Gaughan's wife, Donna Gaughan, is an assistant professor of criminal justice at Prince George's Community College and previously worked as a Prince George's County police officer. The couple had recently adopted two children from Russia.

Many police officers still seemed stunned yesterday by Gaughan's death.

Capt. Kevin Davis, executive officer for the chief of patrol services bureau, called Gaughan a "5 percenter."

"That means he was part of the 5 percent of police officers responsible for 80 percent of the good police work that goes on," Davis said. "What's special about Steve is he was a better human being than he was a police officer, which is saying a whole lot."

According to police accounts and charging documents, Gaughan was killed while working on a special assignment team looking for stolen all-terrain vehicles, a growing problem in the county.

Eubanks spotted a green Chevy Tahoe with two people inside and tried to stop it for a traffic violation, according to the charging document. As the vehicle slowed, Gaughan and another officer were nearby and saw the passenger, later identified as Billett, throw a bag out the window containing "a white powdery substance," the document said.

The passenger got out of the Tahoe when it reached the parking lot of the Village at Montpelier apartment complex in the 11000 block of South Laurel Drive. He then ran, and Gaughan followed.

Eubanks saw Billett fire his gun at the officers, including Gaughan, according to the document. Eubanks and Phoebus shot back. "The suspect was struck and fell to the ground a short distance from where the shots were fired," the document states.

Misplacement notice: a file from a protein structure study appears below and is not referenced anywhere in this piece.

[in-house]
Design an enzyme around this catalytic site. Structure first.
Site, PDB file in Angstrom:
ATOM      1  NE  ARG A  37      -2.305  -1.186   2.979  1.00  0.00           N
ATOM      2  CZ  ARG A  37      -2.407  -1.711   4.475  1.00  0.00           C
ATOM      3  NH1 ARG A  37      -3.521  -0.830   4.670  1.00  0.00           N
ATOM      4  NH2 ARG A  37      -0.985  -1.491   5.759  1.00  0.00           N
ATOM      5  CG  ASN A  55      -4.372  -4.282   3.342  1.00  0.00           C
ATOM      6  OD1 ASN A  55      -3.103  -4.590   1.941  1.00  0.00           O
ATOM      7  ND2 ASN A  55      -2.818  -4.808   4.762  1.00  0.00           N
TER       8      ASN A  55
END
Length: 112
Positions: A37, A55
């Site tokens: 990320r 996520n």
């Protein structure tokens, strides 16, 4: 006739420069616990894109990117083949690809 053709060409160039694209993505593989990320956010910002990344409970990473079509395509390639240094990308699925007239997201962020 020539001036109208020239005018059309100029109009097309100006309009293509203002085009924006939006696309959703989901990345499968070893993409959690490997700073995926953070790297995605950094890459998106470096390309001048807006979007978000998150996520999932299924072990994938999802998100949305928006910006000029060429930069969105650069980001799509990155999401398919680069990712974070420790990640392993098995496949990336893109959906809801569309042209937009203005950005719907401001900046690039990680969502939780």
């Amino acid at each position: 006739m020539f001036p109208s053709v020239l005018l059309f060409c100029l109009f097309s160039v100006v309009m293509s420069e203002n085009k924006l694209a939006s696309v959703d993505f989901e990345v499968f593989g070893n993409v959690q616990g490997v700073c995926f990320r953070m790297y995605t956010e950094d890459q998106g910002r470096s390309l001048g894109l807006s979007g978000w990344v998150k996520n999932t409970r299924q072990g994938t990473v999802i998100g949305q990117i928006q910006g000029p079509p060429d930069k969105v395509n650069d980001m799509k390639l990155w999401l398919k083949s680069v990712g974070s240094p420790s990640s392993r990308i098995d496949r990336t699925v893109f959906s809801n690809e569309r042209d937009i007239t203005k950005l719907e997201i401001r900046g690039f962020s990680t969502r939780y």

That was when the other officers realized that Gaughan had been shot.

Detectives later found the gun used to kill Gaughan near where Billett fell, police said.

The driver of the Tahoe, identified as Rohan Patterson, 23, ran into a nearby apartment, where he called 911 and said he wanted to turn himself in. Patterson was questioned and released. He has not been charged with a crime, police said. He could not be reached last night.

Patterson's attorney, Gary Gerstenfield, said his client is cooperating with police. "Rohan is extremely saddened by the incident," Gerstenfield said. "He is shocked that this event occurred."

At Billett's Bladensburg apartment yesterday, the door swung open. Neighbors said police had kicked it in a day earlier looking for evidence and carried several bags of items out of the house.

They described Billett as a friendly man with a Jamaican accent who was frequently outside the complex talking on the phone. Neighbor Chris Bankole said she used to see him playing with neighborhood children and was surprised to learn that he is being charged with murder.

"He seemed to be a really nice guy," she said. "Oh, Jesus, I can't believe this."

Staff researcher Bobbye Pratt and staff writers Hamil R. Harris and Jonathan Abel contributed to this report.

Prince George's County Police Chief Melvin C. High, surrounded by investigators and officers, discusses Tuesday's shooting death of an officer.Robert M. Billett has a record of drug and assault convictions. "The issue is that people simply cannot go out on the street and shoot police," said Chief Melvin C. High.